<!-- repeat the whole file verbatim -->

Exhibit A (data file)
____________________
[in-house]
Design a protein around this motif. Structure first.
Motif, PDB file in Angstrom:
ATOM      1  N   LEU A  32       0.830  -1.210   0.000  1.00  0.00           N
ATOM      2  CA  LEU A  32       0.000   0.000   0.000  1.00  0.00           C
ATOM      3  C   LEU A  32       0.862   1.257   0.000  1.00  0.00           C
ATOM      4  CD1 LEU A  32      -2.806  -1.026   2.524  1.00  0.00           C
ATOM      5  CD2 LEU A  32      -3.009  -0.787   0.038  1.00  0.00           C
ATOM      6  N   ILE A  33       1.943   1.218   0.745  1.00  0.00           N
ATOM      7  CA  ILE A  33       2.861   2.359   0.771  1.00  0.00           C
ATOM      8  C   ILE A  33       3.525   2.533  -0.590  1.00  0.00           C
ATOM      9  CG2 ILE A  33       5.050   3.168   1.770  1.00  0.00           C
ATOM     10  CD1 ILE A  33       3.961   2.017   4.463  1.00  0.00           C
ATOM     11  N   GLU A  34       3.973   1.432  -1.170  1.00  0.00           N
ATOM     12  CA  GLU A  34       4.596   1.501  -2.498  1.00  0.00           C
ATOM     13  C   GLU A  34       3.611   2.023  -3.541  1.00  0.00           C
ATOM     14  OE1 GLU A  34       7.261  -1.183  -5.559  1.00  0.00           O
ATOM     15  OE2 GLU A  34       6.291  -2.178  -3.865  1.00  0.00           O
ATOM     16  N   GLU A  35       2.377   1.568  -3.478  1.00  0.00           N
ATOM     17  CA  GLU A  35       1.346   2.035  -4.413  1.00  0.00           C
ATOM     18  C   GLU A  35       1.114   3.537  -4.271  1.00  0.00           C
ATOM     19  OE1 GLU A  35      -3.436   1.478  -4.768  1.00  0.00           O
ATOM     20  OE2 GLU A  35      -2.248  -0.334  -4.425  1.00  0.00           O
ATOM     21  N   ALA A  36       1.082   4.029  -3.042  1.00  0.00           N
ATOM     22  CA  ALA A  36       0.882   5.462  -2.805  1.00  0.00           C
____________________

[in-house]
Design a protein around this motif. Structure first.
Motif, PDB file in Angstrom:
ATOM      1  N   LEU A  32       0.830  -1.210   0.000  1.00  0.00           N
ATOM      2  CA  LEU A  32       0.000   0.000   0.000  1.00  0.00           C
ATOM      3  C   LEU A  32       0.862   1.257   0.000  1.00  0.00           C
ATOM      4  CD1 LEU A  32      -2.806  -1.026   2.524  1.00  0.00           C
ATOM      5  CD2 LEU A  32      -3.009  -0.787   0.038  1.00  0.00           C
ATOM      6  N   ILE A  33       1.943   1.218   0.745  1.00  0.00           N
ATOM      7  CA  ILE A  33       2.861   2.359   0.771  1.00  0.00           C
ATOM      8  C   ILE A  33       3.525   2.533  -0.590  1.00  0.00           C
ATOM      9  CG2 ILE A  33       5.050   3.168   1.770  1.00  0.00           C
ATOM     10  CD1 ILE A  33       3.961   2.017   4.463  1.00  0.00           C
ATOM     11  N   GLU A  34       3.973   1.432  -1.170  1.00  0.00           N
ATOM     12  CA  GLU A  34       4.596   1.501  -2.498  1.00  0.00           C
ATOM     13  C   GLU A  34       3.611   2.023  -3.541  1.00  0.00           C
ATOM     14  OE1 GLU A  34       7.261  -1.183  -5.559  1.00  0.00           O
ATOM     15  OE2 GLU A  34       6.291  -2.178  -3.865  1.00  0.00           O
ATOM     16  N   GLU A  35       2.377   1.568  -3.478  1.00  0.00           N
ATOM     17  CA  GLU A  35       1.346   2.035  -4.413  1.00  0.00           C
ATOM     18  C   GLU A  35       1.114   3.537  -4.271  1.00  0.00           C
ATOM     19  OE1 GLU A  35      -3.436   1.478  -4.768  1.00  0.00           O
ATOM     20  OE2 GLU A  35      -2.248  -0.334  -4.425  1.00  0.00           O
ATOM     21  N   ALA A  36       1.082   4.029  -3.042  1.00  0.00           N
ATOM     22  CA  ALA A  36       0.882   5.462  -2.805  1.00  0.00           C